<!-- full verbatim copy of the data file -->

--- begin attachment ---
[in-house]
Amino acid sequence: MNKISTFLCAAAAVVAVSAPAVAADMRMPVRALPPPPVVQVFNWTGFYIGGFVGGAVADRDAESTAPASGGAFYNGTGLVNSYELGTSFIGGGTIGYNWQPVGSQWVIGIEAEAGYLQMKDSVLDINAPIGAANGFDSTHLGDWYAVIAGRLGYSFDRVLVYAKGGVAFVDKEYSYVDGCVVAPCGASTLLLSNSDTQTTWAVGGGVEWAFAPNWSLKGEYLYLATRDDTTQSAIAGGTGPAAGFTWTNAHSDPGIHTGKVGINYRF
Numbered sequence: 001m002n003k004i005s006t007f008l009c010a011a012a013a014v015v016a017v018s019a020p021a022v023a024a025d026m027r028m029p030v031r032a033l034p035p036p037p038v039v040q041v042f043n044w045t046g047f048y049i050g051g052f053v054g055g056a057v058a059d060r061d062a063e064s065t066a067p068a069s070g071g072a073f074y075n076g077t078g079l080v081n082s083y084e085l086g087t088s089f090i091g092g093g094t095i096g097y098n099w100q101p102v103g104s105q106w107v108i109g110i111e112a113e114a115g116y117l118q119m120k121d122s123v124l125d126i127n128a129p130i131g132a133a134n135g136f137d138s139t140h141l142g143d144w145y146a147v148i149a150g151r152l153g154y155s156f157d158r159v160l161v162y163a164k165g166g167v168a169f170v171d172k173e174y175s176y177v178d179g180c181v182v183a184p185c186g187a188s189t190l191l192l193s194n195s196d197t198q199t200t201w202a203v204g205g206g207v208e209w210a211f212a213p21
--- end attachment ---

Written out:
[in-house]
Amino acid sequence: MNKISTFLCAAAAVVAVSAPAVAADMRMPVRALPPPPVVQVFNWTGFYIGGFVGGAVADRDAESTAPASGGAFYNGTGLVNSYELGTSFIGGGTIGYNWQPVGSQWVIGIEAEAGYLQMKDSVLDINAPIGAANGFDSTHLGDWYAVIAGRLGYSFDRVLVYAKGGVAFVDKEYSYVDGCVVAPCGASTLLLSNSDTQTTWAVGGGVEWAFAPNWSLKGEYLYLATRDDTTQSAIAGGTGPAAGFTWTNAHSDPGIHTGKVGINYRF
Numbered sequence: 001m002n003k004i005s006t007f008l009c010a011a012a013a014v015v016a017v018s019a020p021a022v023a024a025d026m027r028m029p030v031r032a033l034p035p036p037p038v039v040q041v042f043n044w045t046g047f048y049i050g051g052f053v054g055g056a057v058a059d060r061d062a063e064s065t066a067p068a069s070g071g072a073f074y075n076g077t078g079l080v081n082s083y084e085l086g087t088s089f090i091g092g093g094t095i096g097y098n099w100q101p102v103g104s105q106w107v108i109g110i111e112a113e114a115g116y117l118q119m120k121d122s123v124l125d126i127n128a129p130i131g132a133a134n135g136f137d138s139t140h141l142g143d144w145y146a147v148i149a150g151r152l153g154y155s156f157d158r159v160l161v162y163a164k165g166g167v168a169f170v171d172k173e174y175s176y177v178d179g180c181v182v183a184p185c186g187a188s189t190l191l192l193s194n195s196d197t198q199t200t201w202a203v204g205g206g207v208e209w210a211f212a213p21